TO MEASURE AND MAKE A WORKING SKETCH OF YOUR SITE
By Lisa Albert
4-H Wildlife Steward for Deer Creek Elementary School
measurement of the site is the essential first stage. Draw the outline
of your property, your house, existing plantings, etc. freehand. Record
all the measurements you make of the site on this rough plan. Find the
corners of your property either by using fence corners, property markers
or survey pins. Measure your lot size. Then, measure you house. Next
break down each side to its smaller components. Remember to show which
windows open, if they open in or out, how tall each window is and how
far above the ground the window is. Note which way the doors swing.
Using triangulation, site your house on your lot. Triangulation is the
method used to record an unknown fixed point by measuring to it from
two known fixed points. Use the same method to site existing plantings,
path, etc. To measure a landscape curve use the offset measuring method.
Take 90° offsets at regular intervals - say every 3ft - to record
the general shape of curves such as in a flowerbed or lawn. Mark each
measurement and join the points freehand.
Measure slope on existing
patios and pathways, low and high points of the property and the bottom
and top of all visible slope sections. You may see these elevations
shown in feet above sea level, as in the drawing below, but that is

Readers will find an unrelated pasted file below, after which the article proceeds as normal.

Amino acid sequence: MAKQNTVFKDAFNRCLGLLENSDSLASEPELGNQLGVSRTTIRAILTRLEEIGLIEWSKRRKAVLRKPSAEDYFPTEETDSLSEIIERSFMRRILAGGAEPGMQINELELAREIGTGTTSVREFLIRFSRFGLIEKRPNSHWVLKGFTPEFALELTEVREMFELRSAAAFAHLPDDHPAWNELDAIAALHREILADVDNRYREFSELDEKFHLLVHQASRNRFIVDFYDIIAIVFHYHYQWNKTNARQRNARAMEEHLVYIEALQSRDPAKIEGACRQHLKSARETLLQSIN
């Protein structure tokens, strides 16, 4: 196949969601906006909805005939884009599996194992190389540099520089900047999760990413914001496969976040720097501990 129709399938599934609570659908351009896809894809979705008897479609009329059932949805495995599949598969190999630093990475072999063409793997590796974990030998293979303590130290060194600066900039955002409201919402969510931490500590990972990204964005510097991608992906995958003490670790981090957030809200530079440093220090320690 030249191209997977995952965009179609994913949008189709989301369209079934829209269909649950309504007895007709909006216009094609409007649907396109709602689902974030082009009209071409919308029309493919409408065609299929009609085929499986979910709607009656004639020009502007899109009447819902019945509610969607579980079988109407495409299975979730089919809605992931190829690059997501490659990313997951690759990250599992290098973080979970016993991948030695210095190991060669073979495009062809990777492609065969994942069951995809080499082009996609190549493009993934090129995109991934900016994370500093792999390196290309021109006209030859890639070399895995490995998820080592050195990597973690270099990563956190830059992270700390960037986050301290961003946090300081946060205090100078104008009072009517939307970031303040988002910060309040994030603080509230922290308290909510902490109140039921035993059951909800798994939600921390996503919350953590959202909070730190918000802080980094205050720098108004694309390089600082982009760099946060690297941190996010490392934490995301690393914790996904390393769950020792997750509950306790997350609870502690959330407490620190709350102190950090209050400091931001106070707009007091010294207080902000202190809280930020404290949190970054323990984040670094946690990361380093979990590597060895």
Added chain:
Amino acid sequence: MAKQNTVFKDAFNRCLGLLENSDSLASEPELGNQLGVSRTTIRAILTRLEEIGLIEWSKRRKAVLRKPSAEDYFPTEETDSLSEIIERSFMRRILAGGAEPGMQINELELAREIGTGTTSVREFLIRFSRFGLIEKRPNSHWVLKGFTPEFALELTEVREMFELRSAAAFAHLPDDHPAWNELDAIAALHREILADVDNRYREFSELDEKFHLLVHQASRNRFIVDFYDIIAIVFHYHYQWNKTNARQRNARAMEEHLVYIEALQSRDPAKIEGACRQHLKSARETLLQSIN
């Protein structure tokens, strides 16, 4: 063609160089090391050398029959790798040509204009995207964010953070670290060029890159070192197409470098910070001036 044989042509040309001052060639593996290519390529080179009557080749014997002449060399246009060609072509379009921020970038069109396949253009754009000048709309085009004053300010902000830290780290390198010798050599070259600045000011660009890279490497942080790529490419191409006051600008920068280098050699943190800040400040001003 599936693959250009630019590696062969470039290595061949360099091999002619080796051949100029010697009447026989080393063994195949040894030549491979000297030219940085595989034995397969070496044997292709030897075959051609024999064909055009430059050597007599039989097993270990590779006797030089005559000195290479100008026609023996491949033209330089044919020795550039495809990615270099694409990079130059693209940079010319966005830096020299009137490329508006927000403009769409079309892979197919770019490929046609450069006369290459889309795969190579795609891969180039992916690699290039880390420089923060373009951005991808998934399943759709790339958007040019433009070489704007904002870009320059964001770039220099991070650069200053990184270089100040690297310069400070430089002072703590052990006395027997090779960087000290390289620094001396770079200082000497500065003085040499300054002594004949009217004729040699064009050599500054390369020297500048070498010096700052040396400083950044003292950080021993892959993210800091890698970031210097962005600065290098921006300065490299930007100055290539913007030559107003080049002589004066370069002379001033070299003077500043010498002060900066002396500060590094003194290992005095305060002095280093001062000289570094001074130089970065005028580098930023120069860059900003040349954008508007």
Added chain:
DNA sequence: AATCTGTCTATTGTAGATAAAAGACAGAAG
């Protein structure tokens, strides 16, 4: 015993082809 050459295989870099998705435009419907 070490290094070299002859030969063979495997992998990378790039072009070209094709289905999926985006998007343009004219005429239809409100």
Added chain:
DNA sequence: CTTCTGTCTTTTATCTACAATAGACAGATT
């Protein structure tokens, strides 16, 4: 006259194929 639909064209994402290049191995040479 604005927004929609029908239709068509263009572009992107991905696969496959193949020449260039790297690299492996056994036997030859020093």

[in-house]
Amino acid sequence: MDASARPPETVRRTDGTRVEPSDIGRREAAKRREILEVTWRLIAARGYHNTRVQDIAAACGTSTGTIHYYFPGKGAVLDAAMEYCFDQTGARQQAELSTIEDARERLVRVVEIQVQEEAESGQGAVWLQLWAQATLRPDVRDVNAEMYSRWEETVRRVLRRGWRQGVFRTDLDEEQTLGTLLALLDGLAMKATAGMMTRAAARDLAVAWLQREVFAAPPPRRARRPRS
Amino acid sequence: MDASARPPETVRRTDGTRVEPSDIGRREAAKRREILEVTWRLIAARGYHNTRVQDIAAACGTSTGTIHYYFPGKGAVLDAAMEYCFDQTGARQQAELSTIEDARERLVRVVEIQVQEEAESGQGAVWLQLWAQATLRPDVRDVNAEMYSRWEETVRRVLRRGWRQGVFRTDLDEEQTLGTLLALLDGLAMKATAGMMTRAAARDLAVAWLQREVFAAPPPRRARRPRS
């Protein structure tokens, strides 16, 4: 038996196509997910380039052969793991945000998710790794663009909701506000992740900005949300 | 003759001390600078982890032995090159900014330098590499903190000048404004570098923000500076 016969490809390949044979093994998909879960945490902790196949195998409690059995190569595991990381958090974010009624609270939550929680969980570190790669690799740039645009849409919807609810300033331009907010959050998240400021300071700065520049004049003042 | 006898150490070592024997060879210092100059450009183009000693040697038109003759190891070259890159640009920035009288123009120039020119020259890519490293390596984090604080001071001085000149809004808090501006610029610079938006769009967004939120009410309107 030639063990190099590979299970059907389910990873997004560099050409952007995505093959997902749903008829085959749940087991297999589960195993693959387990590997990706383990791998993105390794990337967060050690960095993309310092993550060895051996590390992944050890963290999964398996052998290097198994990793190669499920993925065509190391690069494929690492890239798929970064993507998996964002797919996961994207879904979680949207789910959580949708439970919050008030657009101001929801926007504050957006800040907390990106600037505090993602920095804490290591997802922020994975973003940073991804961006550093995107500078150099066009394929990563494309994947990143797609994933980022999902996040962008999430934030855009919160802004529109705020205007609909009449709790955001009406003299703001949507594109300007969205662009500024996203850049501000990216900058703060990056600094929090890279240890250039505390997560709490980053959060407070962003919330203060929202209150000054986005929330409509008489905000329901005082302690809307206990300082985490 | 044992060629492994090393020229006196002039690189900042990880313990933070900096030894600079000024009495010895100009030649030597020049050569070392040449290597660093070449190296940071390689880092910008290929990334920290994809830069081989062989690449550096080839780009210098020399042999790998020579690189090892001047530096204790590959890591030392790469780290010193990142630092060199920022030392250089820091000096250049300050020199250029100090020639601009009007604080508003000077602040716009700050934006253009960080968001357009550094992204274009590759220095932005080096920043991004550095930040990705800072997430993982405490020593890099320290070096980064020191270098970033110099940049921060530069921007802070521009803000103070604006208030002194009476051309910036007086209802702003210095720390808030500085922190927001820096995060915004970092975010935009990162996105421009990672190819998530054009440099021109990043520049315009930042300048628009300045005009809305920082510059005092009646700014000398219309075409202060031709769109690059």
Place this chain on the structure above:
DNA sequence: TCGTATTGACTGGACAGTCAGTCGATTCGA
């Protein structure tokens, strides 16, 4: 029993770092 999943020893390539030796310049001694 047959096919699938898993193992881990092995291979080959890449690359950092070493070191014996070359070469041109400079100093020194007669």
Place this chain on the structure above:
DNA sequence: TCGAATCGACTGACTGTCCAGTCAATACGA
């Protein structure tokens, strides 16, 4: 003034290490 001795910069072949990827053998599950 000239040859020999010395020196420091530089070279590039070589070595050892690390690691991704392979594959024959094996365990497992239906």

generally unnecessary. We suggest that you transfer these findings to
your drawing by arbitrary numbers. The lowest point is 0, each additional
rise in 1 foot is counted by 1, 2, etc. You can make note of slope changes
by drawing arrows on your base map, pointing in the direction of drainage
or by drawing contour lines. This information is necessary to make slope
changes and corrections, such as adding steps or creating a swale.
Once you are finished with your measurements, begin your assessment
tour. Note areas that are sunny/shady, boggy/dry. Where are the hose
bibs? Which views do you want to keep, which to block? Where are the
prevailing winds? Don't forget utility lines and easements. Add your
comments to your rough drawing. Refer to the drawing below to see what
to include in your base map.
Finally take your rough drawing and transfer the numbers and notes to
a finished drawing on graph paper.
Using Ariel Maps for Maps
Check out these great website for getting ariel maps of your school site.